Uncommon Danger contains a particularly strange interlude in which Andreas expounds the political situation to the foreign correspondent Kenton: “When I tell you that a certain prominent exile from Russia seeks once again to taste power, much will be clear to you.” Does he mean Trotsky, Kenton wonders. He does: “. . . he has not ceased to plot against the State. Round him he has gathered a brood of fanatics drunk with the desire for power. They are dangerous . . . When a limb is poisoned it must be amputated, lest it infect the health of the whole body.” But this seems to be a bluff or a mind game – Zaleshoff is only posing as a zealot to fool Kenton, though his reasons remain obscure.

In the persons of the Zaleshoffs, the deadly politics of Stalinism have become too bizarre to take seriously, and they contribute to the rompish air of those books.

Elsewhere, however, Ambler’s socialists are more sincere and more plausible. The novel that followed Uncommon Danger, Epitaph for a Spy (1938), also inverts a genre convention – it is a typical English country-house mystery with a closed circle of suspects, which happens to be set in a small hotel on the French Riviera and to feature a cast of foreigners (the only British character is a pathetic and not entirely trustworthy old soldier). The story is narrated by Josef Vadassy, a Hungarian refugee threatened with prison or deportation after his camera has been used to photograph naval installations.

Forced to seek the real spy, Vadassy’s suspicions light on a German fellow guest who is evidently using an assumed name. But Schimler turns out to be a Czech, Czissar, on the run from the Gestapo after working for the resistance in occupied Prague. Czissar has started out a social democrat, but been converted to Marxism by Engels’s Anti-Dühring: “I read passionately, and as I read I knew that I was seeing for the first time the tragedy of man, his folly and his genius, his destiny and the line of march to it.”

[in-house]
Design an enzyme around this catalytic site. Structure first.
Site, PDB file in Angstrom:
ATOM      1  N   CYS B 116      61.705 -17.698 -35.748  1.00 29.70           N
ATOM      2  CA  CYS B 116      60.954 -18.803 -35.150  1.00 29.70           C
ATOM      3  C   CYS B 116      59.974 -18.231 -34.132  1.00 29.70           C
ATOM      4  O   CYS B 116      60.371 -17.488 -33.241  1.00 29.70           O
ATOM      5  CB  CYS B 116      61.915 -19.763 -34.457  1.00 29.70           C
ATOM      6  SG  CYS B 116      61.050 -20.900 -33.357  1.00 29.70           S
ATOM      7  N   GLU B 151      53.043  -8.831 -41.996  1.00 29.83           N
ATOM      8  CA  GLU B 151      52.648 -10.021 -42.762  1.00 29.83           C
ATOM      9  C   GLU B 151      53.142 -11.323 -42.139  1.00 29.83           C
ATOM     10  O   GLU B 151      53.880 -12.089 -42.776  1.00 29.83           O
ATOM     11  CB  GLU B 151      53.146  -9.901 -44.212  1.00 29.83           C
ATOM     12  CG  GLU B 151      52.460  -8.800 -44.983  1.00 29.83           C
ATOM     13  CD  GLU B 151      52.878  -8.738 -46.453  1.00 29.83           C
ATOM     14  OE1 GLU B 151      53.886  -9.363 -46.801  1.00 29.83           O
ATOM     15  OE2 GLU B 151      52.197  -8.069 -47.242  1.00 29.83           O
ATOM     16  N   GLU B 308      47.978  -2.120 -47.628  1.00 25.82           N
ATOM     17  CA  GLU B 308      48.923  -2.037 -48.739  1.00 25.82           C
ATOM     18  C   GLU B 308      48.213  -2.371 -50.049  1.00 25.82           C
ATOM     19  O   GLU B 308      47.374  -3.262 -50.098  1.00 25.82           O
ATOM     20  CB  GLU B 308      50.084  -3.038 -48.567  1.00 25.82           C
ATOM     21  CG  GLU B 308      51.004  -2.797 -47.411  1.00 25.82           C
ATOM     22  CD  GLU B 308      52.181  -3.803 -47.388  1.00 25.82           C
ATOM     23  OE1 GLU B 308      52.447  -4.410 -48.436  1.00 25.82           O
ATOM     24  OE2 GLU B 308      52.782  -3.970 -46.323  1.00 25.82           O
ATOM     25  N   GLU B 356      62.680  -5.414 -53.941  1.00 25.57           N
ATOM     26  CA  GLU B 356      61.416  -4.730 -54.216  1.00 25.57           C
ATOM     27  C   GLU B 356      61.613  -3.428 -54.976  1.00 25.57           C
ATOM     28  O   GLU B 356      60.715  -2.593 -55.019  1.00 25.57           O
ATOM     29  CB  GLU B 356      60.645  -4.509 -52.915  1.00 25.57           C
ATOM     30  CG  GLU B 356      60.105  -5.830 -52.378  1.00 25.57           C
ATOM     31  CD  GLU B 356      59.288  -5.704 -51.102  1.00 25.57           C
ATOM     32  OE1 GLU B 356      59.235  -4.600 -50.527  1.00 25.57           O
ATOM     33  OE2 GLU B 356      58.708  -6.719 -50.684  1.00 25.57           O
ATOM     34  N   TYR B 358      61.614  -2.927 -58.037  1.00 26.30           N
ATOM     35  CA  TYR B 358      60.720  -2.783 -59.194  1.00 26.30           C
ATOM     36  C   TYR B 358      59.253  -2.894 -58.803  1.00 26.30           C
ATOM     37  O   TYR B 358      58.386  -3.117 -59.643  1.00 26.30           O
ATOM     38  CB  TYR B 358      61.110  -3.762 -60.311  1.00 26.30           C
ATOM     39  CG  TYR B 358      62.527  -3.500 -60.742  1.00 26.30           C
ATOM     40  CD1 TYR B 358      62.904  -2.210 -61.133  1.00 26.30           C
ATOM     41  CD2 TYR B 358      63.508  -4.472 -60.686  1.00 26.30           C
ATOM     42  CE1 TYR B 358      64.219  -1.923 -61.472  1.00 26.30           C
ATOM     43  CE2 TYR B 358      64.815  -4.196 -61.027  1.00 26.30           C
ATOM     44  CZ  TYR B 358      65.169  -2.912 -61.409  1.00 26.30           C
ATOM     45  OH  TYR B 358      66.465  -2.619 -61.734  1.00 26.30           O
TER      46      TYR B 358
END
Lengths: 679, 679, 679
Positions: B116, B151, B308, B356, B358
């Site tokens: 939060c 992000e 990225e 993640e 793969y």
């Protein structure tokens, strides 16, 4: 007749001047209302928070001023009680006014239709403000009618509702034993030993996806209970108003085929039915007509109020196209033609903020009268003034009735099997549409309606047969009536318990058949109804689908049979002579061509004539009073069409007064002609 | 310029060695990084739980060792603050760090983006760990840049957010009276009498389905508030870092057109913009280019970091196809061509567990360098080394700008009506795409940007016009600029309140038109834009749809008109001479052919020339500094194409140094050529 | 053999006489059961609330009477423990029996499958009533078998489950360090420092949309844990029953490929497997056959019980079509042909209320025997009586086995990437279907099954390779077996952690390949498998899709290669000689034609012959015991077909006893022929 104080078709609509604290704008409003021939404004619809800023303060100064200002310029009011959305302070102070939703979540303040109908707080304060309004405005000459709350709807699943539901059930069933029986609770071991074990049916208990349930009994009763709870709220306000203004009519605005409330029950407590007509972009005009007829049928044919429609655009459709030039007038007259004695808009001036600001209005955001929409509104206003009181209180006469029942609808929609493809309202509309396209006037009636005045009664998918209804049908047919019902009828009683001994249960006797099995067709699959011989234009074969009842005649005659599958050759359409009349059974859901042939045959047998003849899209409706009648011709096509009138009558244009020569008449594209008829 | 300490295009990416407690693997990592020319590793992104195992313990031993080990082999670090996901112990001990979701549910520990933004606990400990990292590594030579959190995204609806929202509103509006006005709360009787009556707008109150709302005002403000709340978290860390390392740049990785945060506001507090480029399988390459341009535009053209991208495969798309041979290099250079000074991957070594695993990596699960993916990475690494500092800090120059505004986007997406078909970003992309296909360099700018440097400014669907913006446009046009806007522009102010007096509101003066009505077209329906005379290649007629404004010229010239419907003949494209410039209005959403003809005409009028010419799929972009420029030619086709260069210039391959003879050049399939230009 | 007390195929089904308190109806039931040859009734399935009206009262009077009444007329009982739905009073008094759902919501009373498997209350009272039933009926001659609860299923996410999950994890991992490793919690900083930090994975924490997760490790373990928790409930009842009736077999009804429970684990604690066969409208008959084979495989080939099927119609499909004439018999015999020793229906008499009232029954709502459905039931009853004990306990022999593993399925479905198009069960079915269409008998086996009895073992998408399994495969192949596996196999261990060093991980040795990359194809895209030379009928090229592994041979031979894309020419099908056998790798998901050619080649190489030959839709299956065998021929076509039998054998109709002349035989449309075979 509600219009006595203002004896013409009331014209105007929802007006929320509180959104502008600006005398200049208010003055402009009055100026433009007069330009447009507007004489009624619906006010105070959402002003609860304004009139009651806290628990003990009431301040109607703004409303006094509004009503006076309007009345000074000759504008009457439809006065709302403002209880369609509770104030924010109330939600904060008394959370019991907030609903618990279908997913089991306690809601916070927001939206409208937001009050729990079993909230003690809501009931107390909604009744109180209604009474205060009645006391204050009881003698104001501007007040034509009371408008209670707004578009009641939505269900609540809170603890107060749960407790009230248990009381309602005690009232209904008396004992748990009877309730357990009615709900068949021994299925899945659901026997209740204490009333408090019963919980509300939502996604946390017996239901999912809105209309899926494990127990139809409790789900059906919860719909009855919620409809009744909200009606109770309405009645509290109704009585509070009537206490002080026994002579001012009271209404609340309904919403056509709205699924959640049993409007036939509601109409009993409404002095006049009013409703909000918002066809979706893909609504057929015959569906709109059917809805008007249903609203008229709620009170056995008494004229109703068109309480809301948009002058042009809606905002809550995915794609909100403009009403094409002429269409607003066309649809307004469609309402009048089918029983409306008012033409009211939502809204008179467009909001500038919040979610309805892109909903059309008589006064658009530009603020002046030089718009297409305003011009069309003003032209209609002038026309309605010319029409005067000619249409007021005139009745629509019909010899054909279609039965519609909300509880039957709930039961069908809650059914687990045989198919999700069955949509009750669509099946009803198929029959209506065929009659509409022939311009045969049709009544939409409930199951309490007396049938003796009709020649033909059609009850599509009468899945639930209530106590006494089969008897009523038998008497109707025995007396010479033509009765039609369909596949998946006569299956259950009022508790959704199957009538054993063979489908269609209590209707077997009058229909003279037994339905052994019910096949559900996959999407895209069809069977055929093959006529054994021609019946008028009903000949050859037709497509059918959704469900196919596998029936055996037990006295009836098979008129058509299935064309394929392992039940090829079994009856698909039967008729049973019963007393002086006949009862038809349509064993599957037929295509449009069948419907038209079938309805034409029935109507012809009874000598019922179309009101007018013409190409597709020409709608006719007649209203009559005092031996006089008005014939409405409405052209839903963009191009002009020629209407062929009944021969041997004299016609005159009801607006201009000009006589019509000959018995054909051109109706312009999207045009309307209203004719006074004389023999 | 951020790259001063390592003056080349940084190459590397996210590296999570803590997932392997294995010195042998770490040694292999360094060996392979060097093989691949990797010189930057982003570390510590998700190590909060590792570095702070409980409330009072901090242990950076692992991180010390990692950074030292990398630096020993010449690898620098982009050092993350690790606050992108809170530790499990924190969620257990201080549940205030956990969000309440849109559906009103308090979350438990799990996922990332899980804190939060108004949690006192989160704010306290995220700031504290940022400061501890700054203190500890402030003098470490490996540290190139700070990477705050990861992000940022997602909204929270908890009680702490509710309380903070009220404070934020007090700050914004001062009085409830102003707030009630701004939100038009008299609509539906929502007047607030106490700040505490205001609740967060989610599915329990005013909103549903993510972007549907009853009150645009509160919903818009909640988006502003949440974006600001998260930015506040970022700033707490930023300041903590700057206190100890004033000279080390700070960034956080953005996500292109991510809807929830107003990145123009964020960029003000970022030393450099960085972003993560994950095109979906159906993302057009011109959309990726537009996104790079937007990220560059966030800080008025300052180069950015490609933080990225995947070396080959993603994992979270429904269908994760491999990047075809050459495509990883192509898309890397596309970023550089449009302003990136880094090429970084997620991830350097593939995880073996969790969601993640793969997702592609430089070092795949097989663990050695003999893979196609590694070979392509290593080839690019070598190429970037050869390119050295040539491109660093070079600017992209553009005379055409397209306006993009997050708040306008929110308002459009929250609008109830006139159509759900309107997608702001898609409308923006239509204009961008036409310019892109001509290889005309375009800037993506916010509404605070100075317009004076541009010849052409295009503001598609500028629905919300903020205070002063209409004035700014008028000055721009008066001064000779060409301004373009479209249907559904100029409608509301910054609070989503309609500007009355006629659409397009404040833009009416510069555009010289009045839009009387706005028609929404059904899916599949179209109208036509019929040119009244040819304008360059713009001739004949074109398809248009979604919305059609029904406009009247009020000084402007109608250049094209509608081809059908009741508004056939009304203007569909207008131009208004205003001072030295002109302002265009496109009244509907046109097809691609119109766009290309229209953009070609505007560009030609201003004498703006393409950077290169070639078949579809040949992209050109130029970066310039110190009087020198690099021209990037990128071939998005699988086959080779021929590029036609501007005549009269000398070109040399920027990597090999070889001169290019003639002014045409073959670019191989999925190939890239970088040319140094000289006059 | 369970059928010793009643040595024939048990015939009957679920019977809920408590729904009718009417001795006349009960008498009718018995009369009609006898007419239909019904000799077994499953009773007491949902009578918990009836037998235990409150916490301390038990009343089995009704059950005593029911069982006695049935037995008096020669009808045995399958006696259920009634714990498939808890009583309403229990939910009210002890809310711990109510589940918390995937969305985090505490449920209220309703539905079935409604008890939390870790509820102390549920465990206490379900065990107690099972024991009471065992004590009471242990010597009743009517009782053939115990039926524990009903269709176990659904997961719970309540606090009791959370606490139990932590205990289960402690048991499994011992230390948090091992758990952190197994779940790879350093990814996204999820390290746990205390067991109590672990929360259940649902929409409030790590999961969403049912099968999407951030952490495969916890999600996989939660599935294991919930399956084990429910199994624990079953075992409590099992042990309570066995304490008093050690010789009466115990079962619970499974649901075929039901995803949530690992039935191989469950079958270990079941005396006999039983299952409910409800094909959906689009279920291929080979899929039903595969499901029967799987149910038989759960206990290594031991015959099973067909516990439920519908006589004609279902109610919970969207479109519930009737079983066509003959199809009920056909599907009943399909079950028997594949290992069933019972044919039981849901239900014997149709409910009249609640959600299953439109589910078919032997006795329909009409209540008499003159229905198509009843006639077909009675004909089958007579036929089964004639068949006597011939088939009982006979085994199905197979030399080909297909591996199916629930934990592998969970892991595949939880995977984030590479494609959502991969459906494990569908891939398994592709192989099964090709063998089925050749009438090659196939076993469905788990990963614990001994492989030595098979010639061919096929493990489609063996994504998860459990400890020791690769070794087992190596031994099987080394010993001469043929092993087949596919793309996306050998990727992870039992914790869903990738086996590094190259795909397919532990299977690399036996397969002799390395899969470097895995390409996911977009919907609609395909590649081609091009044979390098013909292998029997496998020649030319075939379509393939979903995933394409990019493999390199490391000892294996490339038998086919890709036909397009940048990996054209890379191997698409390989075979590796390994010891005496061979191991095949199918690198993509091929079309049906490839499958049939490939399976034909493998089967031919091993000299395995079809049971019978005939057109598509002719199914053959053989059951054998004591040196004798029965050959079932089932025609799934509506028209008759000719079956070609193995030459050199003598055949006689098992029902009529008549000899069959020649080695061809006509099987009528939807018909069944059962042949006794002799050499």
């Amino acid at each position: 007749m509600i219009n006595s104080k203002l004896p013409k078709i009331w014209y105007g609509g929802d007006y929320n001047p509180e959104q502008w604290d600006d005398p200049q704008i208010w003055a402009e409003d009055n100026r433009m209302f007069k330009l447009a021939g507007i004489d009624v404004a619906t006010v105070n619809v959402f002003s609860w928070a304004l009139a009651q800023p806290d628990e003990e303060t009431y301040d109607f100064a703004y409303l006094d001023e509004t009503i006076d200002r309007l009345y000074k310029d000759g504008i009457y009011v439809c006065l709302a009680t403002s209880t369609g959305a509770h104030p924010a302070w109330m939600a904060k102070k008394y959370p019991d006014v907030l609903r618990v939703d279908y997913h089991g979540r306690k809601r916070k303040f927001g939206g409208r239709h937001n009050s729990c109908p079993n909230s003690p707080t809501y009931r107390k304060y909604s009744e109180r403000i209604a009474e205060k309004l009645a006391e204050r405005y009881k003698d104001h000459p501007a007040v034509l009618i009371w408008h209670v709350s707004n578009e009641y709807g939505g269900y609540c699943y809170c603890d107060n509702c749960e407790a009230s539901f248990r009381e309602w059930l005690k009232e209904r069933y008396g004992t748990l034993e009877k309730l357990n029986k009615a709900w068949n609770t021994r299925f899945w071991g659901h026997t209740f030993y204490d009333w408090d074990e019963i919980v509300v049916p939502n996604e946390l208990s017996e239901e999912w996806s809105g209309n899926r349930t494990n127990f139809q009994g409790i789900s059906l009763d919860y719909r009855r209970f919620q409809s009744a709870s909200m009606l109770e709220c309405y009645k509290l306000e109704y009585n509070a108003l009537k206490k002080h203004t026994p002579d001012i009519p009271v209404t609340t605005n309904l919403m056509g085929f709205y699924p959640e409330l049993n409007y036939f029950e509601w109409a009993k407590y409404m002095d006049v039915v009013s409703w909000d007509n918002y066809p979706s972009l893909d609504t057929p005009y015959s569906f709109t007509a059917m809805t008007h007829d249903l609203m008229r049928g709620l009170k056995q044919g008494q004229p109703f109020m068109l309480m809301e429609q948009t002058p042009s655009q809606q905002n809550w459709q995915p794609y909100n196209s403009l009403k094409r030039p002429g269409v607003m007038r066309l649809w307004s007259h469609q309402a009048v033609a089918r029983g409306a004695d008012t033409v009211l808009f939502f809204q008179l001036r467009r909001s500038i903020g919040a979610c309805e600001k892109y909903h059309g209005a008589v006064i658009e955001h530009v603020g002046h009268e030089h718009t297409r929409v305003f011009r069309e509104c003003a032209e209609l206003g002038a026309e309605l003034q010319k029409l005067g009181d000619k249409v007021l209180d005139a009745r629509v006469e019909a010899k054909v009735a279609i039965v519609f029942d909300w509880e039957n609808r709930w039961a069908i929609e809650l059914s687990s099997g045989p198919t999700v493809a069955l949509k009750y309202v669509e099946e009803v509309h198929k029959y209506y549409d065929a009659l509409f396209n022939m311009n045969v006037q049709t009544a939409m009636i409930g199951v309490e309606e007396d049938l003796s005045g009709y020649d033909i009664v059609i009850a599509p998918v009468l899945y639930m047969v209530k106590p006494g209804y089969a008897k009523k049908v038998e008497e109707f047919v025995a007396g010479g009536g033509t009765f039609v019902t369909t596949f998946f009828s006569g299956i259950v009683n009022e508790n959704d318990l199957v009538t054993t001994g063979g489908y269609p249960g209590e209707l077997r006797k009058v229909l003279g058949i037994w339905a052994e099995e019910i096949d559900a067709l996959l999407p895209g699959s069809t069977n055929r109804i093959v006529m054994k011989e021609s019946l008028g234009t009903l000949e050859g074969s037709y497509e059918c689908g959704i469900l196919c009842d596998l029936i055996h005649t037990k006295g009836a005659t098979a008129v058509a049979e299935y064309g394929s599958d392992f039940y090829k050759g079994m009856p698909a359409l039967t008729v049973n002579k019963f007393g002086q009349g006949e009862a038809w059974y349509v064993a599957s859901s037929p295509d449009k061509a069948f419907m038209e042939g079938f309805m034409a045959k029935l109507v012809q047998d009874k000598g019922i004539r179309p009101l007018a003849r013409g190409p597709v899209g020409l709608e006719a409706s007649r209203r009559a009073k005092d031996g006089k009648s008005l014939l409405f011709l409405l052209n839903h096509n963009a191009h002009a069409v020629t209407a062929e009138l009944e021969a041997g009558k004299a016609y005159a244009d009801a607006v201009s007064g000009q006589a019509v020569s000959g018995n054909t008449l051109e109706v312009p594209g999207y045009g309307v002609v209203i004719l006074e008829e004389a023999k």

His experience is echoed by Mathis, the henpecked Frenchman in Journey into Fear (1940) who assists Graham, an English munitions en­gineer, to escape his Nazi pursuers. Mathis explains how he began by spouting socialist slogans as a weapon against his snobbish wife:
“For a time I was free. I could command my wife and I became more fond of her. I was a manager in a big factory. And then a terrible thing happened. I found that I had begun to believe these things I said. The books I read showed me that I had found a truth. I, a royalist by instinct, became a socialist by conviction.”

Ambler has often been praised as a precursor of both John le Carré (who called him “the source on which we all draw”) and Len Deighton. They follow him in the moral greyness of the worlds they inhabit and the ordinariness of their heroes and villains – men with no particular charm or physical prowess, little expertise with women or guns to charm the reader. But in one important respect, both departed from Ambler’s model: their heroes are professional spies, men working for the state; and, as a result, their stories have a misleading air of insularity (this is particularly true of le Carré’s early work). They remind me of the fantasy some people entertain about East End gangsters, that they’re not really a problem because “they only hurt their own” (I’ve heard this said in complete sincerity). By contrast, Ambler is always aware that the business of the state and the business of business can never be separated. At the very least, business can never be purely neutral. Marlow, the hero of Cause for Alarm, is an engineer who takes a job with a company that makes arms-manufacturing machinery and sells it to Fascist Italy; he thinks he has just taken a job, that morality doesn’t enter into it, and is forced to realise that neutrality is a dangerous illusion.